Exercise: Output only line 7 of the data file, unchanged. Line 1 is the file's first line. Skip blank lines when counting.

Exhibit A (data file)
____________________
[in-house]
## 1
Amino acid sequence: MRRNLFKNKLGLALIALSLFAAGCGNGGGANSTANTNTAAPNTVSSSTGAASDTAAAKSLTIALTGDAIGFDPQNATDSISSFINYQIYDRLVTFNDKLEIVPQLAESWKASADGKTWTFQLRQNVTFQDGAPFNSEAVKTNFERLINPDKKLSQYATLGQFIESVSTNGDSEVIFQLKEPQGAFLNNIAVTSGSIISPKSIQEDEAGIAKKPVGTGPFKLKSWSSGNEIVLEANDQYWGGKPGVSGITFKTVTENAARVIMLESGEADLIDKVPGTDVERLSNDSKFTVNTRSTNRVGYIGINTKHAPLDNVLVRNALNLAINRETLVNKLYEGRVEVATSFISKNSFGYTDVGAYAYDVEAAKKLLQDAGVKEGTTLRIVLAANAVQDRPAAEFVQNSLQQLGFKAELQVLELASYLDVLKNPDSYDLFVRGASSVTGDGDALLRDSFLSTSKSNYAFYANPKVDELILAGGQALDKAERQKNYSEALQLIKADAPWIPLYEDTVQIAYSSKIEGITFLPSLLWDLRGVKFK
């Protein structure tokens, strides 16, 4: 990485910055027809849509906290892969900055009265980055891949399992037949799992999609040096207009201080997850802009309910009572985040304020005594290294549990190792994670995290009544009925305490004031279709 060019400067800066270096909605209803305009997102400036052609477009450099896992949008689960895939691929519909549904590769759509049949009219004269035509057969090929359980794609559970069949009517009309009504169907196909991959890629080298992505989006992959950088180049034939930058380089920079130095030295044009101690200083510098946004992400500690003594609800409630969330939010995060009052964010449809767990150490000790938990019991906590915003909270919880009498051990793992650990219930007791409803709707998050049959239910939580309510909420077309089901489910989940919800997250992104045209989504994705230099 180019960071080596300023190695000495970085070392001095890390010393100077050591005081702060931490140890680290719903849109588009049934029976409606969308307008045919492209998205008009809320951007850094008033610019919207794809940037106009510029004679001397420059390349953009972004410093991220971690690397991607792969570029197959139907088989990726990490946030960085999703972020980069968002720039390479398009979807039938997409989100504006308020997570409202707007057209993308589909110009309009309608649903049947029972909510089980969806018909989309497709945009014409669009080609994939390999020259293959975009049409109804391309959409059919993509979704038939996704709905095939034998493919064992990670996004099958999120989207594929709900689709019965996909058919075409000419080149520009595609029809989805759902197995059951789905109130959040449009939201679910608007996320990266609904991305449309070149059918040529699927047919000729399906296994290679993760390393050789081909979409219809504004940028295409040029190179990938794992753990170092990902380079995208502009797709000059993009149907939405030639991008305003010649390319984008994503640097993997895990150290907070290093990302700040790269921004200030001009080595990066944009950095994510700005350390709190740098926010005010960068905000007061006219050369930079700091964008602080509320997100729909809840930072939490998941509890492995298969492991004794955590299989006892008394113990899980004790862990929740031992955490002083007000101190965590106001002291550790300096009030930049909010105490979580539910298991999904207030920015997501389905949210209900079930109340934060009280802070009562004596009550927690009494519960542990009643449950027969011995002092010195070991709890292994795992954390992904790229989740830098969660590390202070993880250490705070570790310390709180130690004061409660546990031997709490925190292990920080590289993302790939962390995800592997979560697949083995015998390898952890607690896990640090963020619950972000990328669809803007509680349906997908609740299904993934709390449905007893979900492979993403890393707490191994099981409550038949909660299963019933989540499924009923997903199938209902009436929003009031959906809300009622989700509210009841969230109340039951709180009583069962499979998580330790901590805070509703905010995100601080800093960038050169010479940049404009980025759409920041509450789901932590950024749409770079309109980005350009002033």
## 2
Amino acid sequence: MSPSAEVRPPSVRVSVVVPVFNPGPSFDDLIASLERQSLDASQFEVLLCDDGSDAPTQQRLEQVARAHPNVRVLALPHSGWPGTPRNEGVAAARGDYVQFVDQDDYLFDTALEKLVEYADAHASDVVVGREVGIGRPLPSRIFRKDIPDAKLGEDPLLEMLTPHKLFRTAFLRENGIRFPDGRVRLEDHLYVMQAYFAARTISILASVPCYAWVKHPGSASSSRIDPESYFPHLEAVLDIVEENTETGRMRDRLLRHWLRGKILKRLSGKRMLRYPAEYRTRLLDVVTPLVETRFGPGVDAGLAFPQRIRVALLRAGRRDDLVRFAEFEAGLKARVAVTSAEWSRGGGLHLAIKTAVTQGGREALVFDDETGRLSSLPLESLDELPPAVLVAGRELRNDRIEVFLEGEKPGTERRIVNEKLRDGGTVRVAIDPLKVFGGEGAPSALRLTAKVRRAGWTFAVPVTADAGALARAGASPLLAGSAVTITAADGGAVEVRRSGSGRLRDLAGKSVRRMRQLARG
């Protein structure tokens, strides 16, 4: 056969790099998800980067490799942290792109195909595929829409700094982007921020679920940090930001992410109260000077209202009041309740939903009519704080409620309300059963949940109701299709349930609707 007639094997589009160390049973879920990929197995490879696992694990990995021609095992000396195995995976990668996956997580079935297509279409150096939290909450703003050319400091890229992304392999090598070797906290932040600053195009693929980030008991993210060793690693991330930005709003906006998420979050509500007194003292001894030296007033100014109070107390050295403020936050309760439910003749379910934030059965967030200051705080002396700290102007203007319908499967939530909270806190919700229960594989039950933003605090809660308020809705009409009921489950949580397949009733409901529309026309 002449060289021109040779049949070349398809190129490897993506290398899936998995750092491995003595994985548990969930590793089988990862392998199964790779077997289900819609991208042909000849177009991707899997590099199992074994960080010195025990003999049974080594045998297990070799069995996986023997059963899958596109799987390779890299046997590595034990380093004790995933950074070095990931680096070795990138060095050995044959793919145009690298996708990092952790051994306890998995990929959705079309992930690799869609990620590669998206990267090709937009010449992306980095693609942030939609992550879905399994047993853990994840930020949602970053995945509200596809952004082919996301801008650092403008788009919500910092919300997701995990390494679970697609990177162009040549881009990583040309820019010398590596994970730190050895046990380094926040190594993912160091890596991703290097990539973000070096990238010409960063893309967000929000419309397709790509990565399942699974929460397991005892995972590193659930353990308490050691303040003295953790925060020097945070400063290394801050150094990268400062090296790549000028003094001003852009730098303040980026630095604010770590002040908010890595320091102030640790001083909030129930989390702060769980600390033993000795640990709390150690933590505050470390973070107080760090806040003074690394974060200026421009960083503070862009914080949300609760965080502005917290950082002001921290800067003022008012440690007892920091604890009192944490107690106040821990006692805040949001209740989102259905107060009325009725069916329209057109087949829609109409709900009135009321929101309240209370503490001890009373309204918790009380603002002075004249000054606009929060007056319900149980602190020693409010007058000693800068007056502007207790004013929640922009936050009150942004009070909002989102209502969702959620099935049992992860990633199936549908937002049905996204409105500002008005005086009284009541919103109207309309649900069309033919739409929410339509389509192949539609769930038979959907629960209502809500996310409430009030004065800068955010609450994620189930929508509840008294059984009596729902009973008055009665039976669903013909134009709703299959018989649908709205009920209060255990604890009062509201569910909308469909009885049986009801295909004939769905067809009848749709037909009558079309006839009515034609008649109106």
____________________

């Protein structure tokens, strides 16, 4: 056969790099998800980067490799942290792109195909595929829409700094982007921020679920940090930001992410109260000077209202009041309740939903009519704080409620309300059963949940109701299709349930609707 007639094997589009160390049973879920990929197995490879696992694990990995021609095992000396195995995976990668996956997580079935297509279409150096939290909450703003050319400091890229992304392999090598070797906290932040600053195009693929980030008991993210060793690693991330930005709003906006998420979050509500007194003292001894030296007033100014109070107390050295403020936050309760439910003749379910934030059965967030200051705080002396700290102007203007319908499967939530909270806190919700229960594989039950933003605090809660308020809705009409009921489950949580397949009733409901529309026309 002449060289021109040779049949070349398809190129490897993506290398899936998995750092491995003595994985548990969930590793089988990862392998199964790779077997289900819609991208042909000849177009991707899997590099199992074994960080010195025990003999049974080594045998297990070799069995996986023997059963899958596109799987390779890299046997590595034990380093004790995933950074070095990931680096070795990138060095050995044959793919145009690298996708990092952790051994306890998995990929959705079309992930690799869609990620590669998206990267090709937009010449992306980095693609942030939609992550879905399994047993853990994840930020949602970053995945509200596809952004082919996301801008650092403008788009919500910092919300997701995990390494679970697609990177162009040549881009990583040309820019010398590596994970730190050895046990380094926040190594993912160091890596991703290097990539973000070096990238010409960063893309967000929000419309397709790509990565399942699974929460397991005892995972590193659930353990308490050691303040003295953790925060020097945070400063290394801050150094990268400062090296790549000028003094001003852009730098303040980026630095604010770590002040908010890595320091102030640790001083909030129930989390702060769980600390033993000795640990709390150690933590505050470390973070107080760090806040003074690394974060200026421009960083503070862009914080949300609760965080502005917290950082002001921290800067003022008012440690007892920091604890009192944490107690106040821990006692805040949001209740989102259905107060009325009725069916329209057109087949829609109409709900009135009321929101309240209370503490001890009373309204918790009380603002002075004249000054606009929060007056319900149980602190020693409010007058000693800068007056502007207790004013929640922009936050009150942004009070909002989102209502969702959620099935049992992860990633199936549908937002049905996204409105500002008005005086009284009541919103109207309309649900069309033919739409929410339509389509192949539609769930038979959907629960209502809500996310409430009030004065800068955010609450994620189930929508509840008294059984009596729902009973008055009665039976669903013909134009709703299959018989649908709205009920209060255990604890009062509201569910909308469909009885049986009801295909004939769905067809009848749709037909009558079309006839009515034609008649109106």